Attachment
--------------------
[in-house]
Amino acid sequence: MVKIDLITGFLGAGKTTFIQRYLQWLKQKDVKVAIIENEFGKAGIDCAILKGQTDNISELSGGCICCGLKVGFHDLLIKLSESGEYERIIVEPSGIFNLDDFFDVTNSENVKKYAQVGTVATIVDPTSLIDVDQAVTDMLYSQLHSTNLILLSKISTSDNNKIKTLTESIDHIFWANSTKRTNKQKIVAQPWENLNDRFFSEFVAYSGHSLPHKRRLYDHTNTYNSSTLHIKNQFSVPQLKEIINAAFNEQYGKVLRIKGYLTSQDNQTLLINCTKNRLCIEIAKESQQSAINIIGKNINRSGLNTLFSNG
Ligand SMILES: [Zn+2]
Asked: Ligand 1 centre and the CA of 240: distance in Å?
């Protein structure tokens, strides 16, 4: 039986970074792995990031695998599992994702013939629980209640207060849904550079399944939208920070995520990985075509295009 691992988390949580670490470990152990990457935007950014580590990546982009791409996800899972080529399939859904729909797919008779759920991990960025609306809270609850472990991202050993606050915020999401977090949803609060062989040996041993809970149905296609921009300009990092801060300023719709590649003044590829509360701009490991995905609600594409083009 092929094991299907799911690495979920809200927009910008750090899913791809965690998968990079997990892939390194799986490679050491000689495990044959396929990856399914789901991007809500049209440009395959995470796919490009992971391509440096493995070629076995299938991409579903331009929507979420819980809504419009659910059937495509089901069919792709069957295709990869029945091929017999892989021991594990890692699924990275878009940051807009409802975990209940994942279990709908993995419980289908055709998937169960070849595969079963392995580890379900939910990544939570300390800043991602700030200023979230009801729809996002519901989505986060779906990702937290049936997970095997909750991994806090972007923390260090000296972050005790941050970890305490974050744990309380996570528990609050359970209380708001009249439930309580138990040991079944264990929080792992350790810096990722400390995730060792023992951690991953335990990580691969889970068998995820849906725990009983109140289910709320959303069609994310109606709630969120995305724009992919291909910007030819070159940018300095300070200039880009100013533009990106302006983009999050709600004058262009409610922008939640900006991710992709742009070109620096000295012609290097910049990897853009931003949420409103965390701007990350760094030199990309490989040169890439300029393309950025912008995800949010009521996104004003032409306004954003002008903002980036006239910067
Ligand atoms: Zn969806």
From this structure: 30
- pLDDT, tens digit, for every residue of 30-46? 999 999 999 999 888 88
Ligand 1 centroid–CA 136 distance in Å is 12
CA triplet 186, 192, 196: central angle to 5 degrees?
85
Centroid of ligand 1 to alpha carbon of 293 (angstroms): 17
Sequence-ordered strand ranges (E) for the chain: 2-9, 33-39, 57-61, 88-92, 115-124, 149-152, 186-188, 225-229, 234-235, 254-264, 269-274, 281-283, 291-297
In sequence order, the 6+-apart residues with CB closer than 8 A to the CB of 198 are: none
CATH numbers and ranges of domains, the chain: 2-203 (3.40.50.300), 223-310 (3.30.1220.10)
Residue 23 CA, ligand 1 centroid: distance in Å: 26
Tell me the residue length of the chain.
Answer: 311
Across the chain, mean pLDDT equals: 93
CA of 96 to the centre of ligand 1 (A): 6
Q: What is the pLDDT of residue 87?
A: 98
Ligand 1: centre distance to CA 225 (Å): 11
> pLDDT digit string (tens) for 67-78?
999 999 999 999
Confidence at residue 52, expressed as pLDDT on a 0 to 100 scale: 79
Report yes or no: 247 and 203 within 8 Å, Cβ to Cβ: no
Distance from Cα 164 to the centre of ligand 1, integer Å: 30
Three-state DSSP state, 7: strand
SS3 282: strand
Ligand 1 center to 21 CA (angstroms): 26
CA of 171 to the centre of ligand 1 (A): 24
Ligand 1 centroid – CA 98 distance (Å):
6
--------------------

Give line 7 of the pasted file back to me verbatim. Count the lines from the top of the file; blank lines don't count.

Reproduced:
From this structure: 30